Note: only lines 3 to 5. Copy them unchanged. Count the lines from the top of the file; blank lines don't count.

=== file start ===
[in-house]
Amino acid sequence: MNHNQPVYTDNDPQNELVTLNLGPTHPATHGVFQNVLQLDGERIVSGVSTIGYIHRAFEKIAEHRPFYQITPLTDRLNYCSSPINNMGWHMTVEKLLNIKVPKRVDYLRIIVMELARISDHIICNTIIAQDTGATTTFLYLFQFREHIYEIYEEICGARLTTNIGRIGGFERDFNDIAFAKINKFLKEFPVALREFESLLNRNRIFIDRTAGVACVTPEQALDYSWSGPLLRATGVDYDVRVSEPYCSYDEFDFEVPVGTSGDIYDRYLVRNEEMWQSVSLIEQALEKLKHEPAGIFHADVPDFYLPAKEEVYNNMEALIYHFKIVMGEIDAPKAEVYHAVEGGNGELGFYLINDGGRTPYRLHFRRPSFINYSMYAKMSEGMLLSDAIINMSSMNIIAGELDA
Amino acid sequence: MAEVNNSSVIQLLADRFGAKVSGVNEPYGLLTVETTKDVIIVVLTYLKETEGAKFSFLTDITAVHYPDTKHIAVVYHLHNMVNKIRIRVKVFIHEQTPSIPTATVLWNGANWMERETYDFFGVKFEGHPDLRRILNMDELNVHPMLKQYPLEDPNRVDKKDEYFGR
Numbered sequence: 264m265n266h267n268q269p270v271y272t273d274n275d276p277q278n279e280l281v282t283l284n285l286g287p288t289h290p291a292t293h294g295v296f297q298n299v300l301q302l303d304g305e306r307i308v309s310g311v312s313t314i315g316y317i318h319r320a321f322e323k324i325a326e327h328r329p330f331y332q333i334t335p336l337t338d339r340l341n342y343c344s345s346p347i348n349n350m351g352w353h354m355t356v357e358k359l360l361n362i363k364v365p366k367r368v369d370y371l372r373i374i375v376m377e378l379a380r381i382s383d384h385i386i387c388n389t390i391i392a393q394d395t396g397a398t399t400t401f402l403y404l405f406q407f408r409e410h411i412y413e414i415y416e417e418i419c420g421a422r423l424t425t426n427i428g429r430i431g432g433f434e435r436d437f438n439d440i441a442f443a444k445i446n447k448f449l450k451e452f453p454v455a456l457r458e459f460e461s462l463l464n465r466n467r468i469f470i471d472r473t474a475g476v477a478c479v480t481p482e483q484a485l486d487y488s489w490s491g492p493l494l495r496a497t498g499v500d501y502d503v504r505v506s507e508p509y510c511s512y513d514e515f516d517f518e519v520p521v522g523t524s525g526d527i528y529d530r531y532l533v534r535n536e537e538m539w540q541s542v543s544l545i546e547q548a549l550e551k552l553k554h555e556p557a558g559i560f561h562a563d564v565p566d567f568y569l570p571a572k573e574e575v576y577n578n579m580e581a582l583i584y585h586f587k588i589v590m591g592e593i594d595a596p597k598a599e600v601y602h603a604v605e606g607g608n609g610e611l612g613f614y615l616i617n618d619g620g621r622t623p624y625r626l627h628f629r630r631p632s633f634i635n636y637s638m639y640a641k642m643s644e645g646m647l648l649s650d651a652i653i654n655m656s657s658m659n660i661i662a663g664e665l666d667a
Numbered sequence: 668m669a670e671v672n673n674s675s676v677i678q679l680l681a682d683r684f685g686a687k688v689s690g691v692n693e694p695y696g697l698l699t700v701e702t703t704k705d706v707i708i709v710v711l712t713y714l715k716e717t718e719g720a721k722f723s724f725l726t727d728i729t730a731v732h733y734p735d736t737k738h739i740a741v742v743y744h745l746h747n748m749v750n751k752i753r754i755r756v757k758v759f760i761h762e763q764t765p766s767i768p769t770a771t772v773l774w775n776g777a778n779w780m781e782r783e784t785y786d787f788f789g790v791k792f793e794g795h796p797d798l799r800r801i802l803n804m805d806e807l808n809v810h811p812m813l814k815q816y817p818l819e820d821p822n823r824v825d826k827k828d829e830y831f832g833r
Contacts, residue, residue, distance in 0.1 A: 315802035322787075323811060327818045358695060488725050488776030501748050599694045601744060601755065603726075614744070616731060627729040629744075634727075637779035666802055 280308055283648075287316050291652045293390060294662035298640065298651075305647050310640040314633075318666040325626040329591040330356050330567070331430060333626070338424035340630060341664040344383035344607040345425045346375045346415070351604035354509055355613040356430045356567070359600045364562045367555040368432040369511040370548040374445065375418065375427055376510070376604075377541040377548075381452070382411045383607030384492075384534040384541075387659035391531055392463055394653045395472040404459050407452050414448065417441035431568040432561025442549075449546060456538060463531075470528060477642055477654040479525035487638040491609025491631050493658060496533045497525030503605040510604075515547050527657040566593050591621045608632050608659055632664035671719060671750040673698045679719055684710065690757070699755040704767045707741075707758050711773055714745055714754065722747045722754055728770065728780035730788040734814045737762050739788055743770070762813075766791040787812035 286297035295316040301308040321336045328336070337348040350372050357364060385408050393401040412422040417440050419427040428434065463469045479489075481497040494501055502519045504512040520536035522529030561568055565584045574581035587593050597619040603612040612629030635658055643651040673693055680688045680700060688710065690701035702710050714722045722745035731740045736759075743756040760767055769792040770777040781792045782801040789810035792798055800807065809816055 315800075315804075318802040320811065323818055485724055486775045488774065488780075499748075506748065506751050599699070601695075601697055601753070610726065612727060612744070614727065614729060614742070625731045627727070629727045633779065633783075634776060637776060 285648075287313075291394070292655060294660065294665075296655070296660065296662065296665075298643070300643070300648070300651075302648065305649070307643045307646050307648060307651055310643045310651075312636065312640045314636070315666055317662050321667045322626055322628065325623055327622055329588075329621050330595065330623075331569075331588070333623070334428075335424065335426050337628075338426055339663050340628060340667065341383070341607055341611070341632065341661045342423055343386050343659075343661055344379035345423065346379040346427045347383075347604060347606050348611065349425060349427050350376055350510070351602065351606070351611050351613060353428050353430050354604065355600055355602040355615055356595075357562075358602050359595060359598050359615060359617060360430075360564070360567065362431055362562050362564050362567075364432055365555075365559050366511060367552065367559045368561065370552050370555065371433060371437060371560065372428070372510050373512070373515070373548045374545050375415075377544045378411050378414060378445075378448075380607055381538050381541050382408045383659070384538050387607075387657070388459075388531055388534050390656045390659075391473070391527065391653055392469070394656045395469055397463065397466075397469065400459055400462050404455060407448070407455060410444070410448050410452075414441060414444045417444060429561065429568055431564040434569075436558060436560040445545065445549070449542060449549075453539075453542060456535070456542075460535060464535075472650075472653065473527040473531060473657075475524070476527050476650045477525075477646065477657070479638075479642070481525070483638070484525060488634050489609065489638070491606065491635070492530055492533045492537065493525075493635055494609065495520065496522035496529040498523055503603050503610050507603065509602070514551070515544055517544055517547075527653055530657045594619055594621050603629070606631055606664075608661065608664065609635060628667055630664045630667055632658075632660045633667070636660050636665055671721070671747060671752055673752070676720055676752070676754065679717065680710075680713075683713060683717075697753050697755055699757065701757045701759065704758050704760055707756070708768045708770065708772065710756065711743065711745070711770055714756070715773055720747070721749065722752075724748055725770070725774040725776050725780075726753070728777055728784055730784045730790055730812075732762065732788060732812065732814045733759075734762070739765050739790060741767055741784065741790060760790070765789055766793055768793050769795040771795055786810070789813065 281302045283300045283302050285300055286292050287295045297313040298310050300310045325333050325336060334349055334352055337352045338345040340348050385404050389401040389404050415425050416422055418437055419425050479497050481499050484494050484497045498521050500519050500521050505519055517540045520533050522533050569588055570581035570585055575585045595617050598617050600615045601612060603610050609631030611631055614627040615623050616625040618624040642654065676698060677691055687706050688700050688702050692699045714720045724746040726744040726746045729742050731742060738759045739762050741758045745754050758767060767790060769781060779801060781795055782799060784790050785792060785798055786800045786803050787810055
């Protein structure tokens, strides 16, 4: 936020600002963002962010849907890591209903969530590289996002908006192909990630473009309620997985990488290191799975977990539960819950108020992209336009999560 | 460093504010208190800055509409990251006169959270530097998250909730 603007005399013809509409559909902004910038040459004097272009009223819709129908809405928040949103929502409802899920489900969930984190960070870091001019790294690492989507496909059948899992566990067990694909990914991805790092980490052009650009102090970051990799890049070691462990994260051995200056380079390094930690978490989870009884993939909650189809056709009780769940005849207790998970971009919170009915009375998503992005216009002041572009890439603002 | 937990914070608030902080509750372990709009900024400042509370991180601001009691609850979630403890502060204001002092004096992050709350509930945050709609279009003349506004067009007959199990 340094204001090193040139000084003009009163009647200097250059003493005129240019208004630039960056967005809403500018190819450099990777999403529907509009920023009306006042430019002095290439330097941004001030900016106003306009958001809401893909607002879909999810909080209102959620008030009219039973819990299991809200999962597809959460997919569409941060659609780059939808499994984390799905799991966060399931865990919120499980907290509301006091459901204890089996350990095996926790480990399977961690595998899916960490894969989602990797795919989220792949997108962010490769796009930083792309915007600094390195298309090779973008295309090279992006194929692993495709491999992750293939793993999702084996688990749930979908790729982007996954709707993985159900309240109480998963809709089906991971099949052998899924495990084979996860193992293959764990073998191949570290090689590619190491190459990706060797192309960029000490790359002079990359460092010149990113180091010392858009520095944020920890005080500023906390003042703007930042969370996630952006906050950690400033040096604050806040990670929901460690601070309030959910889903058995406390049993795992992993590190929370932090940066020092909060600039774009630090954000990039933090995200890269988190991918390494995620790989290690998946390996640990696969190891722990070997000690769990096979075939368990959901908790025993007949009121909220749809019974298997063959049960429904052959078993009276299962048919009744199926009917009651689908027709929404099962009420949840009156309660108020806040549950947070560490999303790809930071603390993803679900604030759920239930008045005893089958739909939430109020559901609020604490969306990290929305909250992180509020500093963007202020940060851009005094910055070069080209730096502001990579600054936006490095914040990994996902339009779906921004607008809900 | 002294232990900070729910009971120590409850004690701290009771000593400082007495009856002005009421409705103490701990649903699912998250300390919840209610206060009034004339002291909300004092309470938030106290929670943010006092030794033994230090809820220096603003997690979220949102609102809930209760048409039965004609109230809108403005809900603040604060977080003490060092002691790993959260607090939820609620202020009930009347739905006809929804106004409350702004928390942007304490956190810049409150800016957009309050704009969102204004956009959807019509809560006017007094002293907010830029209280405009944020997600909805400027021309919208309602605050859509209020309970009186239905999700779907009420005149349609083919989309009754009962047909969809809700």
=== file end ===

Amino acid sequence: MAEVNNSSVIQLLADRFGAKVSGVNEPYGLLTVETTKDVIIVVLTYLKETEGAKFSFLTDITAVHYPDTKHIAVVYHLHNMVNKIRIRVKVFIHEQTPSIPTATVLWNGANWMERETYDFFGVKFEGHPDLRRILNMDELNVHPMLKQYPLEDPNRVDKKDEYFGR
Numbered sequence: 264m265n266h267n268q269p270v271y272t273d274n275d276p277q278n279e280l281v282t283l284n285l286g287p288t289h290p291a292t293h294g295v296f297q298n299v300l301q302l303d304g305e306r307i308v309s310g311v312s313t314i315g316y317i318h319r320a321f322e323k324i325a326e327h328r329p330f331y332q333i334t335p336l337t338d339r340l341n342y343c344s345s346p347i348n349n350m351g352w353h354m355t356v357e358k359l360l361n362i363k364v365p366k367r368v369d370y371l372r373i374i375v376m377e378l379a380r381i382s383d384h385i386i387c388n389t390i391i392a393q394d395t396g397a398t399t400t401f402l403y404l405f406q407f408r409e410h411i412y413e414i415y416e417e418i419c420g421a422r423l424t425t426n427i428g429r430i431g432g433f434e435r436d437f438n439d440i441a442f443a444k445i446n447k448f449l450k451e452f453p454v455a456l457r458e459f460e461s462l463l464n465r466n467r468i469f470i471d472r473t474a475g476v477a478c479v480t481p482e483q484a485l486d487y488s489w490s491g492p493l494l495r496a497t498g499v500d501y502d503v504r505v506s507e508p509y510c511s512y513d514e515f516d517f518e519v520p521v522g523t524s525g526d527i528y529d530r531y532l533v534r535n536e537e538m539w540q541s542v543s544l545i546e547q548a549l550e551k552l553k554h555e556p557a558g559i560f561h562a563d564v565p566d567f568y569l570p571a572k573e574e575v576y577n578n579m580e581a582l583i584y585h586f587k588i589v590m591g592e593i594d595a596p597k598a599e600v601y602h603a604v605e606g607g608n609g610e611l612g613f614y615l616i617n618d619g620g621r622t623p624y625r626l627h628f629r630r631p632s633f634i635n636y637s638m639y640a641k642m643s644e645g646m647l648l649s650d651a652i653i654n655m656s657s658m659n660i661i662a663g664e665l666d667a
Numbered sequence: 668m669a670e671v672n673n674s675s676v677i678q679l680l681a682d683r684f685g686a687k688v689s690g691v692n693e694p695y696g697l698l699t700v701e702t703t704k705d706v707i708i709v710v711l712t713y714l715k716e717t718e719g720a721k722f723s724f725l726t727d728i729t730a731v732h733y734p735d736t737k738h739i740a741v742v743y744h745l746h747n748m749v750n751k752i753r754i755r756v757k758v759f760i761h762e763q764t765p766s767i768p769t770a771t772v773l774w775n776g777a778n779w780m781e782r783e784t785y786d787f788f789g790v791k792f793e794g795h796p797d798l799r800r801i802l803n804m805d806e807l808n809v810h811p812m813l814k815q816y817p818l819e820d821p822n823r824v825d826k827k828d829e830y831f832g833r